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What is the key to true transformation?

William Stillman
Health Education Specialist

In my opinion and in my experience, the key to true transformation is when you’ve arrived at a point in your life in which you are willing and prepared for a self-examination that will illuminate every corner of your personhood with the truth. This will require you to confront, reconcile and absolve yourself of your way of being in the world and your mode of conduct in honoring the space that you occupy. Assess carefully and with clarity your past bad acts as well as that which you have contributed of value. Focus on a deliberate advancement in which you will demonstrate grace, charity, and humility in all you do and say, in every interaction; because everything matters. As a byproduct of your true transformation, you may inspire a ripple effect in others by rendering good and great service. Time is of the essence—never underestimate your potential to forever alter the course of someone’s life as a result of your new understanding and compassion.

Deepak Chopra
Alternative & Complementary Medicine Specialist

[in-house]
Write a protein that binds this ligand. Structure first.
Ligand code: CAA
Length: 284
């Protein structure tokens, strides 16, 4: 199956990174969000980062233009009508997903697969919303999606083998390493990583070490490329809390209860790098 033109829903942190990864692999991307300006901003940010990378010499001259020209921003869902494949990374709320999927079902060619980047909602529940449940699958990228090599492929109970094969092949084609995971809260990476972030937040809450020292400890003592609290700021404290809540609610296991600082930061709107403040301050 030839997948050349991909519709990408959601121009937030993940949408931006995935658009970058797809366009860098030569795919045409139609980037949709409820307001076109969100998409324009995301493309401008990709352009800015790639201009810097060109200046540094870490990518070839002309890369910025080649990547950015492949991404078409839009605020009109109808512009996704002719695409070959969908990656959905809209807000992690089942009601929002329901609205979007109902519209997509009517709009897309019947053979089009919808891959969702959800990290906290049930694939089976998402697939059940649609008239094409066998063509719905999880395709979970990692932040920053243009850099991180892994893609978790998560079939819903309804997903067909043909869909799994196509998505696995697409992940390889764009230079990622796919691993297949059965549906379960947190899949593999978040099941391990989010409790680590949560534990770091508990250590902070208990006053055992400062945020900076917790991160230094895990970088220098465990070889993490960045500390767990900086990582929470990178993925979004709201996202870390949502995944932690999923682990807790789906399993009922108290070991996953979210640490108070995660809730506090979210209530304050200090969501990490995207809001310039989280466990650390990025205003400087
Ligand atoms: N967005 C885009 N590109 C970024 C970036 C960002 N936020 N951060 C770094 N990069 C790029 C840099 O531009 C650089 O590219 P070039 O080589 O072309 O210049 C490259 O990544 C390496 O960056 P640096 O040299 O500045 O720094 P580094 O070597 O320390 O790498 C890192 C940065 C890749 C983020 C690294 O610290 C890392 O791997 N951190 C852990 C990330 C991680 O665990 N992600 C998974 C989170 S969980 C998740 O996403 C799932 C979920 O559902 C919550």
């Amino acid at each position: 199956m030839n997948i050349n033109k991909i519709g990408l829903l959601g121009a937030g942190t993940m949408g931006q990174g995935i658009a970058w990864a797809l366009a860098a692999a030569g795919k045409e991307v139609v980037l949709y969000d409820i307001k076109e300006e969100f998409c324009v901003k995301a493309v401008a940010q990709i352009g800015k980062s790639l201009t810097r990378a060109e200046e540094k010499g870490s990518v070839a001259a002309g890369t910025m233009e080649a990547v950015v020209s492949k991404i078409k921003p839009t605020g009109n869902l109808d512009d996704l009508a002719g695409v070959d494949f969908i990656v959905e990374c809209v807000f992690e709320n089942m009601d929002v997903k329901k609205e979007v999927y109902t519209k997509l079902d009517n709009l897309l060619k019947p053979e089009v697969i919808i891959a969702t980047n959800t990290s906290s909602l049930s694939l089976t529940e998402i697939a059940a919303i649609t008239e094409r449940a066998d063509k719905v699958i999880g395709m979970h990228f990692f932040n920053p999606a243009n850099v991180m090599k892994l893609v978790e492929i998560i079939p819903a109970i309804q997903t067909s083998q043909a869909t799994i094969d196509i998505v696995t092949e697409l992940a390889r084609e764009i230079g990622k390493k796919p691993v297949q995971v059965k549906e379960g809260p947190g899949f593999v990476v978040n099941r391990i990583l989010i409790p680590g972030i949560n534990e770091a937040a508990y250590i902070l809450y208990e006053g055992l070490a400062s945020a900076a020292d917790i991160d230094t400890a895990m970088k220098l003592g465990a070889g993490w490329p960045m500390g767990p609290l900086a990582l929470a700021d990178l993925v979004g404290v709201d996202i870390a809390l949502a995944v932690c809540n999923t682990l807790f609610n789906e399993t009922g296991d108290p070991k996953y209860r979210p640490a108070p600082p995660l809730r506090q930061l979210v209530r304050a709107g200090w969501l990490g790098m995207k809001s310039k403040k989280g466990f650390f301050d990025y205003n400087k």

The key to true transformation is that nature doesn't move forward in step-by-step movements. It takes quantum leaps all the time, and when it does, old ingredients aren't simply recombined. Something new appears in creation for the first time, an emergent property. For example, if you examine hydrogen and oxygen, they are light, gaseous, invisible, and dry. It took a transformation for those two elements to combine and create water, and when that happened, an entirely new set of possibilities emerged with it, the most important from our point of view being life itself.

The wetness of water is a perfect example of an emergent property. In a universe without water, wetness can't be derived by shuffling around properties that already exist. Shuffling only produces change; it isn't sufficient for transformation. Wetness had to emerge as something completely new in creation. Once you look closely enough, it turns out that every chemical bond produces an emergent property. (I gave the example in passing of sodium and chlorine—two poisons that when combined produce salt, another basic element of life.)

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Important: This content reflects information from various individuals and organizations and may offer alternative or opposing points of view. It should not be used for medical advice, diagnosis or treatment. As always, you should consult with your healthcare provider about your specific health needs.